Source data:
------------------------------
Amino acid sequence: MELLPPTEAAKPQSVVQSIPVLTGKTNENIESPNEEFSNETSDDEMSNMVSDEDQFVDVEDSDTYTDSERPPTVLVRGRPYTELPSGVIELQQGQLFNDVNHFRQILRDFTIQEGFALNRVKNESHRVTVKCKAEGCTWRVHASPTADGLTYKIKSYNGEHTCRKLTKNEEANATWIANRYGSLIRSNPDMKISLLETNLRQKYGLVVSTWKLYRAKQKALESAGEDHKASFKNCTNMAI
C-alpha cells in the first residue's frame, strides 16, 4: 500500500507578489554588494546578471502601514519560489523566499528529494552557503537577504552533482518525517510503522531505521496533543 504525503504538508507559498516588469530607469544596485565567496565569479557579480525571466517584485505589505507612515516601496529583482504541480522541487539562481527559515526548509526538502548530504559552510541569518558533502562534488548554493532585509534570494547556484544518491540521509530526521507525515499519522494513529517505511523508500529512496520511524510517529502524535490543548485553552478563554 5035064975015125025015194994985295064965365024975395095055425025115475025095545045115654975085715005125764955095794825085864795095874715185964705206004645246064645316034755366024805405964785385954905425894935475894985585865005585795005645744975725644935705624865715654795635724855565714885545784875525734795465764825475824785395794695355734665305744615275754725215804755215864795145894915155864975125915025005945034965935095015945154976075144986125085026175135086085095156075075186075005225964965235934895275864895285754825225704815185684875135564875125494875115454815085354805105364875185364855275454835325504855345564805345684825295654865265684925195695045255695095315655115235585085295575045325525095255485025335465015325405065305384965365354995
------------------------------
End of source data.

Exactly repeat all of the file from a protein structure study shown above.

Amino acid sequence: MELLPPTEAAKPQSVVQSIPVLTGKTNENIESPNEEFSNETSDDEMSNMVSDEDQFVDVEDSDTYTDSERPPTVLVRGRPYTELPSGVIELQQGQLFNDVNHFRQILRDFTIQEGFALNRVKNESHRVTVKCKAEGCTWRVHASPTADGLTYKIKSYNGEHTCRKLTKNEEANATWIANRYGSLIRSNPDMKISLLETNLRQKYGLVVSTWKLYRAKQKALESAGEDHKASFKNCTNMAI
C-alpha cells in the first residue's frame, strides 16, 4: 500500500507578489554588494546578471502601514519560489523566499528529494552557503537577504552533482518525517510503522531505521496533543 504525503504538508507559498516588469530607469544596485565567496565569479557579480525571466517584485505589505507612515516601496529583482504541480522541487539562481527559515526548509526538502548530504559552510541569518558533502562534488548554493532585509534570494547556484544518491540521509530526521507525515499519522494513529517505511523508500529512496520511524510517529502524535490543548485553552478563554 5035064975015125025015194994985295064965365024975395095055425025115475025095545045115654975085715005125764955095794825085864795095874715185964705206004645246064645316034755366024805405964785385954905425894935475894985585865005585795005645744975725644935705624865715654795635724855565714885545784875525734795465764825475824785395794695355734665305744615275754725215804755215864795145894915155864975125915025005945034965935095015945154976075144986125085026175135086085095156075075186075005225964965235934895275864895285754825225704815185684875135564875125494875115454815085354805105364875185364855275454835325504855345564805345684825295654865265684925195695045255695095315655115235585085295575045325525095255485025335465015325405065305384965365354995